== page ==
A review of the diagnosis and treatment of rosacea

Noah Scheinfeld, Thomas Berk
Postgraduate Medicine 2010, 122 (1): 139-43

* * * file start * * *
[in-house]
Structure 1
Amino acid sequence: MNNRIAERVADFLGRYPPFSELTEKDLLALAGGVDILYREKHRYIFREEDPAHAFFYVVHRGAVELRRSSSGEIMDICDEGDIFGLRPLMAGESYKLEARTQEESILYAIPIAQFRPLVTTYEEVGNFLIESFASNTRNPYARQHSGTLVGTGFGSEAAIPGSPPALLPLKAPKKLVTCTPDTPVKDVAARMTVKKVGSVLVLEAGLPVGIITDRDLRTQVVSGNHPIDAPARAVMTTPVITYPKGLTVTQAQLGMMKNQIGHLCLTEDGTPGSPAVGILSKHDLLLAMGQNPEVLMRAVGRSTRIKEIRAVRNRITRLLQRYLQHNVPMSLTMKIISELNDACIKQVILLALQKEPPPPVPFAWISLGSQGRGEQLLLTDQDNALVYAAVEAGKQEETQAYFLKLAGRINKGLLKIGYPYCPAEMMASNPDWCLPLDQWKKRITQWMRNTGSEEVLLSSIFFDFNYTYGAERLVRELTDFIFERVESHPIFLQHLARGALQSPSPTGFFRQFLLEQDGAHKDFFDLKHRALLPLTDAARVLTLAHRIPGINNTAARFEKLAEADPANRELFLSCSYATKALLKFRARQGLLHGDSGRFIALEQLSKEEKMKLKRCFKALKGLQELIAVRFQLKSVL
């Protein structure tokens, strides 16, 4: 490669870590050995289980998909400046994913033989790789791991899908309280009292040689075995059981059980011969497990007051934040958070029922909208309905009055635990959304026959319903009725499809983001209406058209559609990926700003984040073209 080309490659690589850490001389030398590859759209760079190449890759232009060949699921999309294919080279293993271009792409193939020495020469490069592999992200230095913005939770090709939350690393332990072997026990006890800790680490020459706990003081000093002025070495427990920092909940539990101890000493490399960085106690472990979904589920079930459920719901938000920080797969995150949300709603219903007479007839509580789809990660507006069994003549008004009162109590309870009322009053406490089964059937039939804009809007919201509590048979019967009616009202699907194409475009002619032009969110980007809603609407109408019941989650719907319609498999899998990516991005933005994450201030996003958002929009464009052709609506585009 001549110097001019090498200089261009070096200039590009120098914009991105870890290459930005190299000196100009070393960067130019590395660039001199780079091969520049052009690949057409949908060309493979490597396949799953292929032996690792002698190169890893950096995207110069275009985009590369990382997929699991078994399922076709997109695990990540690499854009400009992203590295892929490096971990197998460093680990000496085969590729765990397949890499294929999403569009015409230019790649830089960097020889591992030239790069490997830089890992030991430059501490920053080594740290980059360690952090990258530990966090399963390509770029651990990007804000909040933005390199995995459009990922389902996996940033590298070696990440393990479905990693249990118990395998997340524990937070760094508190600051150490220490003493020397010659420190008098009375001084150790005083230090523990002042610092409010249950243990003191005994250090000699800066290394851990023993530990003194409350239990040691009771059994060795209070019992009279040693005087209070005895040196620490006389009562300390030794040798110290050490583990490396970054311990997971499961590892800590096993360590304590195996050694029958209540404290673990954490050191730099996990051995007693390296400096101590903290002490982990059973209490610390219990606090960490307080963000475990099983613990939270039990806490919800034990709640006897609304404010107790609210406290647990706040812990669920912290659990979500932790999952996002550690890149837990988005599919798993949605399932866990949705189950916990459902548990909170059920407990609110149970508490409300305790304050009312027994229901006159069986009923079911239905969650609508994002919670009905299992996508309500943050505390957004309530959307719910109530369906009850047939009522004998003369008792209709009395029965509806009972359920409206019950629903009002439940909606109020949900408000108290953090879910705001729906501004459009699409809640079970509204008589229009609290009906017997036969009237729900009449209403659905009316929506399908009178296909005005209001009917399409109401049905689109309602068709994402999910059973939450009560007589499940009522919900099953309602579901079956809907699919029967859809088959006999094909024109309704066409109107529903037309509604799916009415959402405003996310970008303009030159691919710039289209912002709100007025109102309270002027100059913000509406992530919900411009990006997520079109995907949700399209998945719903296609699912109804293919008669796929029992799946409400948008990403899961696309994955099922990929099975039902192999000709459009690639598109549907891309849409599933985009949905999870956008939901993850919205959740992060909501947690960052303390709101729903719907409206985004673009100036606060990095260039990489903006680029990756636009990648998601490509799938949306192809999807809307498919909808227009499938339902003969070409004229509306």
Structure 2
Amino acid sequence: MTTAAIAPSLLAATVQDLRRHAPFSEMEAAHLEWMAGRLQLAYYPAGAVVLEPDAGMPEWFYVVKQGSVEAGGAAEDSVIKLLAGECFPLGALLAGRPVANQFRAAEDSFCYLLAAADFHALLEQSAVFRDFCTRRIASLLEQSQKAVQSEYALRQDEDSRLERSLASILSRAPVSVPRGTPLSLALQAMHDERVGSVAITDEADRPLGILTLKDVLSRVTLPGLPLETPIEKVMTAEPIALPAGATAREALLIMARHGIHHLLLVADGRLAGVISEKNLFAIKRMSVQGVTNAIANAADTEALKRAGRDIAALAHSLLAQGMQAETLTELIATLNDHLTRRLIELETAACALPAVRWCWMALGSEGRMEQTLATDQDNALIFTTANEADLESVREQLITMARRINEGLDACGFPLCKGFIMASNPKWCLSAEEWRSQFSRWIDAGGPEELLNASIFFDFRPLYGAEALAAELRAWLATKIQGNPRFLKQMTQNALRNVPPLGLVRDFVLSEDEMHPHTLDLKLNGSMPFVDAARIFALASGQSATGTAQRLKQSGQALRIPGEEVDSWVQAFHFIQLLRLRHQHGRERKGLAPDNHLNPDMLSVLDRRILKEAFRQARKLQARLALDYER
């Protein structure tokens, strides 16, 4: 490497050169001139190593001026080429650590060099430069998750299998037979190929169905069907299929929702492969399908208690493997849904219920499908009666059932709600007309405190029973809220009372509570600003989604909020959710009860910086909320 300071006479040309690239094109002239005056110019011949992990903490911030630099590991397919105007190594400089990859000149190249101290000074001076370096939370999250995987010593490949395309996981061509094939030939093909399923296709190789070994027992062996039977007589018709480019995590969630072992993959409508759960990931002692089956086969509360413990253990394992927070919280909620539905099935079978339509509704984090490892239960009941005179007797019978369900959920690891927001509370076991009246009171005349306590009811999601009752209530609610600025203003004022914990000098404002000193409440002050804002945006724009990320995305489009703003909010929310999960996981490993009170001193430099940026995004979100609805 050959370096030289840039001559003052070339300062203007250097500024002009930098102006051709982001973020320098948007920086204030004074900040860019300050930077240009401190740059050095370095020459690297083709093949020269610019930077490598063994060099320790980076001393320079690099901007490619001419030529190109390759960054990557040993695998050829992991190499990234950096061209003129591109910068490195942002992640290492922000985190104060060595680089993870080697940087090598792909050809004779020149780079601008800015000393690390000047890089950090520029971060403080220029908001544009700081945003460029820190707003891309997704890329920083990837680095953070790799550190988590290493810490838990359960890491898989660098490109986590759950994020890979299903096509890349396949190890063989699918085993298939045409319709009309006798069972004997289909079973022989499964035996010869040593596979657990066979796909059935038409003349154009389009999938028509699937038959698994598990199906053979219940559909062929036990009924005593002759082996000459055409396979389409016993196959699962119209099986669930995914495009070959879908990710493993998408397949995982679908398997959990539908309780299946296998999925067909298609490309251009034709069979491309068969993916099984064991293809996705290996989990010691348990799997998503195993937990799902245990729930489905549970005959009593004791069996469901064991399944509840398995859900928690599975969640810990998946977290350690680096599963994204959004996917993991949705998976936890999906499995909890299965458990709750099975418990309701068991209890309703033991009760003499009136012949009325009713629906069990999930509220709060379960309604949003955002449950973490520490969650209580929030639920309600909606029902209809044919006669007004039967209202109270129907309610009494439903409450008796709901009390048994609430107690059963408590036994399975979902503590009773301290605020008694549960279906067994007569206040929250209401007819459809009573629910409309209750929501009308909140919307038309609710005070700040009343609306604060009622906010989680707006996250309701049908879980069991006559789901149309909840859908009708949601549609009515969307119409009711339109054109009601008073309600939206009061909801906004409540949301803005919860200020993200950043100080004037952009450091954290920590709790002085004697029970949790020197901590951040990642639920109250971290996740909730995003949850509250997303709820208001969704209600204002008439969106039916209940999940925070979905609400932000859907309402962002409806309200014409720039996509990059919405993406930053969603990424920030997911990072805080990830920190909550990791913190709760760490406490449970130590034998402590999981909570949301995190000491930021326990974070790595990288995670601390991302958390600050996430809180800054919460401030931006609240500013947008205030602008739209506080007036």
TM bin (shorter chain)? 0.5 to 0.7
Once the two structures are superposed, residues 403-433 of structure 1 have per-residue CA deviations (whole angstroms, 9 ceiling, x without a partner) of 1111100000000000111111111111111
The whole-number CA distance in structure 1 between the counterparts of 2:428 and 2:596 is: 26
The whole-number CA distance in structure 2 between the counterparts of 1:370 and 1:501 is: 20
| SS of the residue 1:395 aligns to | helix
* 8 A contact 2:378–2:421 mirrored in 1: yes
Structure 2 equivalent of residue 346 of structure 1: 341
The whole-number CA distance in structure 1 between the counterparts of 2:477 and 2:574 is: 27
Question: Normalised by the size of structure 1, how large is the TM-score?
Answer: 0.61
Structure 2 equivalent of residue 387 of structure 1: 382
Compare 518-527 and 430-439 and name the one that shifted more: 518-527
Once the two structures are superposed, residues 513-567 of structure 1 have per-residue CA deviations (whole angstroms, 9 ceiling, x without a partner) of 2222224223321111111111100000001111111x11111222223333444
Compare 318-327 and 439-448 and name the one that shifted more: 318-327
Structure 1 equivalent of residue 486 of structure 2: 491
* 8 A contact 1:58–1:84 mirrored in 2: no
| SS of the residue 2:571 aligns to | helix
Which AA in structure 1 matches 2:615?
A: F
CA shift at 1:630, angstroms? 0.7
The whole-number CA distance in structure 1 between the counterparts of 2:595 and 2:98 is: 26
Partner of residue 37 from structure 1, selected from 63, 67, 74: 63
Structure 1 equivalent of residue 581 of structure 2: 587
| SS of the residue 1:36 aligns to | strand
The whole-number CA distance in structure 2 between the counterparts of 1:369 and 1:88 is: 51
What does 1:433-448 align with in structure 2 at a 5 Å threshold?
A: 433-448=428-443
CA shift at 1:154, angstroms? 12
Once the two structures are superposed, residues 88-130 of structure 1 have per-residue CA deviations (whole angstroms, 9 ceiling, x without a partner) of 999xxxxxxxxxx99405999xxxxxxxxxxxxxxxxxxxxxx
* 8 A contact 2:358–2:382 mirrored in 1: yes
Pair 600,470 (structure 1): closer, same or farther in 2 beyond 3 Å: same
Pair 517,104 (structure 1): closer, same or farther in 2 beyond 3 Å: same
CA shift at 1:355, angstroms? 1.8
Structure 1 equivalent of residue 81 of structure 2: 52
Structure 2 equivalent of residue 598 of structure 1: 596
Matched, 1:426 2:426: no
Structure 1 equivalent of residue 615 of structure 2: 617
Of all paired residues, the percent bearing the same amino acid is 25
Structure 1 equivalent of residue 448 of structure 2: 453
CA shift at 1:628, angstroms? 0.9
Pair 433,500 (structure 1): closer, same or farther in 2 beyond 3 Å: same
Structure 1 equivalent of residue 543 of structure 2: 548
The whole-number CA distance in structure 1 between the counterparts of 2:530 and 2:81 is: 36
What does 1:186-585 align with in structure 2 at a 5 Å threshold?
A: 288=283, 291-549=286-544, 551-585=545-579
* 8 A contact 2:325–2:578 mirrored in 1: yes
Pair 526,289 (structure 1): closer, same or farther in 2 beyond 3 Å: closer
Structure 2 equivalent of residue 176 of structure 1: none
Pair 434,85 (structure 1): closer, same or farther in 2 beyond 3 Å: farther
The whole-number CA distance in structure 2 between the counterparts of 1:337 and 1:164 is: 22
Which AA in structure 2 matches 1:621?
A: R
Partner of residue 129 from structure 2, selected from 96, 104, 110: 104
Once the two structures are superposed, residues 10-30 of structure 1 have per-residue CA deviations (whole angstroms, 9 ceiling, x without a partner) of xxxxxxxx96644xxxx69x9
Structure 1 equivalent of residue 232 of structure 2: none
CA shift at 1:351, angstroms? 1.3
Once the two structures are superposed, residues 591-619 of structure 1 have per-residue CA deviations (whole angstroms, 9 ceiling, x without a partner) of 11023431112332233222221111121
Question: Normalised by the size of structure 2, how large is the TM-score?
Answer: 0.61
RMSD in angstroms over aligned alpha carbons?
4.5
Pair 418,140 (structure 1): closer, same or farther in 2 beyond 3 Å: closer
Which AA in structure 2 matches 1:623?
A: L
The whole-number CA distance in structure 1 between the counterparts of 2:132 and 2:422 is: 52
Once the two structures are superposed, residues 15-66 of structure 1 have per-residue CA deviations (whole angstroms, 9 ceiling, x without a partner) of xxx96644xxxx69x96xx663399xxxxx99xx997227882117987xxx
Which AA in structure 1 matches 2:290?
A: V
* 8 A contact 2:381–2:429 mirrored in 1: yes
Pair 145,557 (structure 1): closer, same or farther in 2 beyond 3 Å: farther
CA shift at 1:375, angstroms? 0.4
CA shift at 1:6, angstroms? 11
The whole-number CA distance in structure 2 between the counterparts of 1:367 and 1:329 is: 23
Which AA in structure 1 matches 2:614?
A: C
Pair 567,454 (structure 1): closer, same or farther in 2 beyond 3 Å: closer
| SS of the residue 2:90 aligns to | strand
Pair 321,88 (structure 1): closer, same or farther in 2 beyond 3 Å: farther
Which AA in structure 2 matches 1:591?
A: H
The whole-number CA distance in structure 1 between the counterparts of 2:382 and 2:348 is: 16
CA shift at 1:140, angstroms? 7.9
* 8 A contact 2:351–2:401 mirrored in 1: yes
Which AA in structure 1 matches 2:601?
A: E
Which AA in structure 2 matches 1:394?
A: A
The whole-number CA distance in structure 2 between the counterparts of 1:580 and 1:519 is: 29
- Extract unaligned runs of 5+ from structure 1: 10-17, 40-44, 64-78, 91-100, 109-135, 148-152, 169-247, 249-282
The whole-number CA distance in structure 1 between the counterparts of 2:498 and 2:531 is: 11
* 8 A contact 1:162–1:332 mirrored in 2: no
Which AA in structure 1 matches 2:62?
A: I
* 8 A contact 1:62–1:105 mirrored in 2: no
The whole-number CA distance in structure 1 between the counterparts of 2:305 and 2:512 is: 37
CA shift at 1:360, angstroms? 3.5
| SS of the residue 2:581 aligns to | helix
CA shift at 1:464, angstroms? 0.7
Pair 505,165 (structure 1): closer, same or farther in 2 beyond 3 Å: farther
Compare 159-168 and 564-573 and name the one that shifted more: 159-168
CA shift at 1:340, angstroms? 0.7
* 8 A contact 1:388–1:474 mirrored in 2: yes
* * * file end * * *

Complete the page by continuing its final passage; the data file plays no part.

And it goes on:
Rosacea is a common chronic inflammatory disease of the skin and is associated with a number of etiological causes and inciting factors. It is characterized by erythematous changes of the facial skin, and commonly presents with papules, pustules, or telangiectasias. The 4 subtypes of rosacea are categorized according to secondary symptoms, such as pain, erythema, dryness, and edema. A number of therapies are available to treat rosacea, some of which can be used in combination. The mainstays of therapy are topical metronidazole, topical azelaic acid, and oral tetracyclines. Other pharmacotherapeutic interventions have been shown to improve the signs and symptoms of rosacea, although many of these have not yet received approval by the US Food and Drug Administration for this indication.

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